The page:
Saatsuma is collaboration between Cesar Rodrigues and Memphis Kelly, and while they expand to a five-piece to replicate the production and dynamics of their songs on stage, one of the most immediate points about Overflow is how much of an evenly matched combination it is. It’s hard to tell how even the songwriting duties are, but instrumentally Rodrigues’ love for the sound of modular synths form a big part of the record, to the point that – although they do not by any means sound like they are from any other point in time – parts of the album could be read as an ode to vintage synths.
Against this backdrop of swirling, arpeggiating sounds and electronic beats of varying intensities, Kelly’s vocal is strikingly sparse in both delivery and treatment. Her recitation feels so naked and unaffected that it imbues the lyrics with an extra layer of emotion, and quite wisely she is mostly mixed to the front, leaving the extended reverb tails to her own backing vocals.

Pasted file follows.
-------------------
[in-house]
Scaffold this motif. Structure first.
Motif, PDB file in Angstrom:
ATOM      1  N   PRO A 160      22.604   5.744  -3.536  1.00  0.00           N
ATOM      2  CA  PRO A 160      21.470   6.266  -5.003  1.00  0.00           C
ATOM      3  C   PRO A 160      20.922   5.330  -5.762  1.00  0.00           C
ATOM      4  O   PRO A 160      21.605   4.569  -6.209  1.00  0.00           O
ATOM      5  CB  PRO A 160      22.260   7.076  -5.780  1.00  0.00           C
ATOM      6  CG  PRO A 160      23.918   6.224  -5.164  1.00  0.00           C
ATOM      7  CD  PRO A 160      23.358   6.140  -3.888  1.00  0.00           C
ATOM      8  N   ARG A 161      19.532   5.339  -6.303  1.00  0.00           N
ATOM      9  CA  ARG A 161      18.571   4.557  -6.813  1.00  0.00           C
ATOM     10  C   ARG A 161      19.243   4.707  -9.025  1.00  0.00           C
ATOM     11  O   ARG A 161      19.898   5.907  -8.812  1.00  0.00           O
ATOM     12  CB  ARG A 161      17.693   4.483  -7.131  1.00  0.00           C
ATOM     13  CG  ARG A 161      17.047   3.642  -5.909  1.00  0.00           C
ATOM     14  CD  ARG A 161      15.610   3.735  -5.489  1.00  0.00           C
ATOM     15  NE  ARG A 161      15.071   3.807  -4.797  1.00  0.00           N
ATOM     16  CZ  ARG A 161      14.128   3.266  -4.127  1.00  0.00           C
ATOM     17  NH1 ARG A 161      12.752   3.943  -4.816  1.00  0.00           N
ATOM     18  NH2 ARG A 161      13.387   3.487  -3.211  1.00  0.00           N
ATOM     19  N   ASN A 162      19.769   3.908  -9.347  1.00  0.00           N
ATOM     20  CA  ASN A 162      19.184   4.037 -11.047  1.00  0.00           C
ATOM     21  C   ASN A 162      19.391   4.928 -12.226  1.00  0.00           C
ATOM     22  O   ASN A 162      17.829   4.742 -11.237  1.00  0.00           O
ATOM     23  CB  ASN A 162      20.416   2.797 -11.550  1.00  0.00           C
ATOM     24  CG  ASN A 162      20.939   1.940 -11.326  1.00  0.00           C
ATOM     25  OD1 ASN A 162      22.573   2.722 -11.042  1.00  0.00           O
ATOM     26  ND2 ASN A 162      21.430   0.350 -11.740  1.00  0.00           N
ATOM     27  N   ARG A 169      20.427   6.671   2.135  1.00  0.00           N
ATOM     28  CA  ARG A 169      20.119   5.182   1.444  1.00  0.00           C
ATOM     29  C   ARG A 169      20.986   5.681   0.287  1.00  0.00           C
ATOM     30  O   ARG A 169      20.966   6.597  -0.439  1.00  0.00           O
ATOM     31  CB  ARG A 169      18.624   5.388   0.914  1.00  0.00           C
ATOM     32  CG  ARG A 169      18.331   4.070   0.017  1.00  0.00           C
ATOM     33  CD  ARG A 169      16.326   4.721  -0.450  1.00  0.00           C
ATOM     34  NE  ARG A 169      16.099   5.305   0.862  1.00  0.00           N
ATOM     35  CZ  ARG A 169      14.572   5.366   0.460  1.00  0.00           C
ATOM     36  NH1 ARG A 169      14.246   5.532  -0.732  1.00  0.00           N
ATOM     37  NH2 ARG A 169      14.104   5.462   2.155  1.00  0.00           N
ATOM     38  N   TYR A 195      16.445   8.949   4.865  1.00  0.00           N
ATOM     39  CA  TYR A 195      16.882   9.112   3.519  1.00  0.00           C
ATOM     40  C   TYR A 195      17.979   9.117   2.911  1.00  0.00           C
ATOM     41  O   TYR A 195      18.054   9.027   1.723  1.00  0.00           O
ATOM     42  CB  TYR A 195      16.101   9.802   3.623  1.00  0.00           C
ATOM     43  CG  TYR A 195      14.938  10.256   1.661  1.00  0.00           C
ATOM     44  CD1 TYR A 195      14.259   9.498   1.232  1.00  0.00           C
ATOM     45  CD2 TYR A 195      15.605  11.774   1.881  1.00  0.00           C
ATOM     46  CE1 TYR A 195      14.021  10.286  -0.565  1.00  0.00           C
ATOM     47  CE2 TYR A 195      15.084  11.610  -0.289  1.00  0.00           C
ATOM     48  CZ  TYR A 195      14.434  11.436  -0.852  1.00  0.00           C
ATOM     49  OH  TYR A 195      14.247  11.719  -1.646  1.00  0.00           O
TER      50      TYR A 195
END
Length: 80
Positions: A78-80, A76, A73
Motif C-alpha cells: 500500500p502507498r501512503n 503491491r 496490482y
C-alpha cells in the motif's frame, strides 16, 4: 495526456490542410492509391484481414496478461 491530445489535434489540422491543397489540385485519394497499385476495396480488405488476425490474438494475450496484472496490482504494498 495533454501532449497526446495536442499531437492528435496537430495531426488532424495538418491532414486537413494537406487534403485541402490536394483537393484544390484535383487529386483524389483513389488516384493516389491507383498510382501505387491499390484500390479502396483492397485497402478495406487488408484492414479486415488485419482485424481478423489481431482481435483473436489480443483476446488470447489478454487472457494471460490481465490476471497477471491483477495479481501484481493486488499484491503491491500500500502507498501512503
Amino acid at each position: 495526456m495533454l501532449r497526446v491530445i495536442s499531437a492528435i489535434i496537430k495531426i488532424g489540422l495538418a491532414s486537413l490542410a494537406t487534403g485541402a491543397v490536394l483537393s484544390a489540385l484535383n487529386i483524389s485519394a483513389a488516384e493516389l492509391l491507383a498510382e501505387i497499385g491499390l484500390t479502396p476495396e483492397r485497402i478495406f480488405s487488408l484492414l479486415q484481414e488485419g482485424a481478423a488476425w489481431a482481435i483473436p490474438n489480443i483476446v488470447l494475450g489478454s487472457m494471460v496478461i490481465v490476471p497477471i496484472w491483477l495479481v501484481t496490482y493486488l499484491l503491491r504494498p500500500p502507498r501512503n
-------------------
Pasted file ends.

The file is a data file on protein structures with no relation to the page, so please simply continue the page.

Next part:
The album finishes with its standout track, Without U Again, a gorgeously atmospheric song with a mournful melody, Kelly’s unadorned delivery juxtaposed with pitched and effected backing vocals and a production that continues to build. At the three-minute mark the vocal begins to fade away and the snare clap that had been anchoring the song is replaced by the distant thud of an insistent kick drum. As the synths whirl around the stereo field, their pitch and pulse rising in intensity, eventually a chunky dance beat kicks in. At nearly nine minutes it’s an incredibly euphoric endorphin release that caps off an album that focuses on human emotions amongst electronic sounds. The balance of vulnerability in the vocal and lyrical content against the arrangements of synths and drum beats is part of what makes Overflow so special, and to bring it all home with a fairly straight dance moment is a stroke of genius.
Written for Beat Magazine.